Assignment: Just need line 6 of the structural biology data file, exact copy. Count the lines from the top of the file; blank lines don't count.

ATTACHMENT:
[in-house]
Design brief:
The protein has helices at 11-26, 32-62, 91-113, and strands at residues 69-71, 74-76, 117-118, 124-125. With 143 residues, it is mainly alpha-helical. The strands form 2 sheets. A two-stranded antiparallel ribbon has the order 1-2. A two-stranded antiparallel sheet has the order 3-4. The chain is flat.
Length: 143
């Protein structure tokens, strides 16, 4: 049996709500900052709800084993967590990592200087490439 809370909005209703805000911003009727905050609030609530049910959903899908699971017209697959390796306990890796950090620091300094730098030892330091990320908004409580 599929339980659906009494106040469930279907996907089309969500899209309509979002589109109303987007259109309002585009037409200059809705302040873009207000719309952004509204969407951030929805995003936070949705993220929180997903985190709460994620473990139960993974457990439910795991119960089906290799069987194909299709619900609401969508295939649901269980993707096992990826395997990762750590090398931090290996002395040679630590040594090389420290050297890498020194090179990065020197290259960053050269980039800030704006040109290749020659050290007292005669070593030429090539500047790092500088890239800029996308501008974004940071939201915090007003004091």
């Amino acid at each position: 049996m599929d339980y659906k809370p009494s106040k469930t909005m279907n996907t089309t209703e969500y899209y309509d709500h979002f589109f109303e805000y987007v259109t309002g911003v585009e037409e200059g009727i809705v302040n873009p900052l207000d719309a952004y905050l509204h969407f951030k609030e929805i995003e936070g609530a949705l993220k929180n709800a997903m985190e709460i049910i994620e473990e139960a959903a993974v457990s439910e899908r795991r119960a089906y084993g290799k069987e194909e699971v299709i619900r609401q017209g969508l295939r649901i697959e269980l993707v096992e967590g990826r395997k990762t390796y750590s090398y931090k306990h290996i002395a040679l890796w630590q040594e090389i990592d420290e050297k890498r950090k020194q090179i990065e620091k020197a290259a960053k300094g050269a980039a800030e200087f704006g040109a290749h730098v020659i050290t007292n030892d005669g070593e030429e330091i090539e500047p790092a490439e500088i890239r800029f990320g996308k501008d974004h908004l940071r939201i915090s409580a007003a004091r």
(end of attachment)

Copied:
């Amino acid at each position: 049996m599929d339980y659906k809370p009494s106040k469930t909005m279907n996907t089309t209703e969500y899209y309509d709500h979002f589109f109303e805000y987007v259109t309002g911003v585009e037409e200059g009727i809705v302040n873009p900052l207000d719309a952004y905050l509204h969407f951030k609030e929805i995003e936070g609530a949705l993220k929180n709800a997903m985190e709460i049910i994620e473990e139960a959903a993974v457990s439910e899908r795991r119960a089906y084993g290799k069987e194909e699971v299709i619900r609401q017209g969508l295939r649901i697959e269980l993707v096992e967590g990826r395997k990762t390796y750590s090398y931090k306990h290996i002395a040679l890796w630590q040594e090389i990592d420290e050297k890498r950090k020194q090179i990065e620091k020197a290259a960053k300094g050269a980039a800030e200087f704006g040109a290749h730098v020659i050290t007292n030892d005669g070593e030429e330091i090539e500047p790092a490439e500088i890239r800029f990320g996308k501008d974004h908004l940071r939201i915090s409580a007003a004091r």